The regulations require that each of the identification -plates, shall be " easily distinguishable."
Identification plates are commonly obscured in any One or more of the following ways:—
(1) By mud. (2) By au overhanging load or tarpaulin. (3) By being in a dilapidated condition. (4) By the starting handle. (5) By the rear lamp being placed too near the plate. (6) By being placed too far, underneath the body Of the motor vehicle.
In cases where the identification plate is placed too low, for example on the aide, the police have adopted the course of summoningthe owners for aiding and. abetting the driver for 'comniitting an offence. Many owners have been fined for this offence.
It is recoinmerided that all identification plates, should be placed as high as possible, and should not necessarily be left.in tOe position in which they are placed by the makers.
Every motor vehicle must carry at the front two lamps, one on the extreme near side and the other on the 'extreme off side and a lamp showing a red light at the rear_ In practice the one rear lamp is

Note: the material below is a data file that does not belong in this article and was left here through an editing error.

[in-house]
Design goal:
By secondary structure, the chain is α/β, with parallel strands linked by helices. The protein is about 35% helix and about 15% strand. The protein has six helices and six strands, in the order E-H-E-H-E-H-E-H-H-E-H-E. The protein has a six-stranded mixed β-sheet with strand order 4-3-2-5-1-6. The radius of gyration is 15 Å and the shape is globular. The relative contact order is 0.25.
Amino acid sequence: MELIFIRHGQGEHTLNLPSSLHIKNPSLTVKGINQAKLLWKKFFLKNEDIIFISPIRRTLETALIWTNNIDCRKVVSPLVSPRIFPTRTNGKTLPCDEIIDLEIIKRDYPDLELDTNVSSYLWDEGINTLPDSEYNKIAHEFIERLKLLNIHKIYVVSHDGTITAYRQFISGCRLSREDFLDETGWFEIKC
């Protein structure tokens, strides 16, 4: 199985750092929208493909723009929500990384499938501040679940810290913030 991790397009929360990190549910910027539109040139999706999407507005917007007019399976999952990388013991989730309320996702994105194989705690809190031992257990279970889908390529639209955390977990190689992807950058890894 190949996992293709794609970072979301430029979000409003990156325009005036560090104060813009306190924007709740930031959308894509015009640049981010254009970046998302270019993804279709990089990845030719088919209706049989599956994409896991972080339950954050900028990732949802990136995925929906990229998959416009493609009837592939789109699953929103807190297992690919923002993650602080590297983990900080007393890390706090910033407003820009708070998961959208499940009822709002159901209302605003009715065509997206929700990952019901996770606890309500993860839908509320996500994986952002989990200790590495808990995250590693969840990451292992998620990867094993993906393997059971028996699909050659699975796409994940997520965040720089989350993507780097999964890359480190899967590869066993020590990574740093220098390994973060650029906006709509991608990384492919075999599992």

generally used for illuminating the rear identification plate.
Drivers should net be Sent out without lamps in the belief that they•Wili return before dark. rue fact that they have been 'unexpectedly 'delayed is rarely . accepted as an excuseby the .magistrates.-:
Care should be taken to place the rear lamp in such a position that it does in fact illuminate the identification plate, if it IS a dual-purpose lamp.
The regulations require, in effect, that every motor vehicle shall have an effective silencer: Apart frontthe use of an actual cut:out, an offence is committed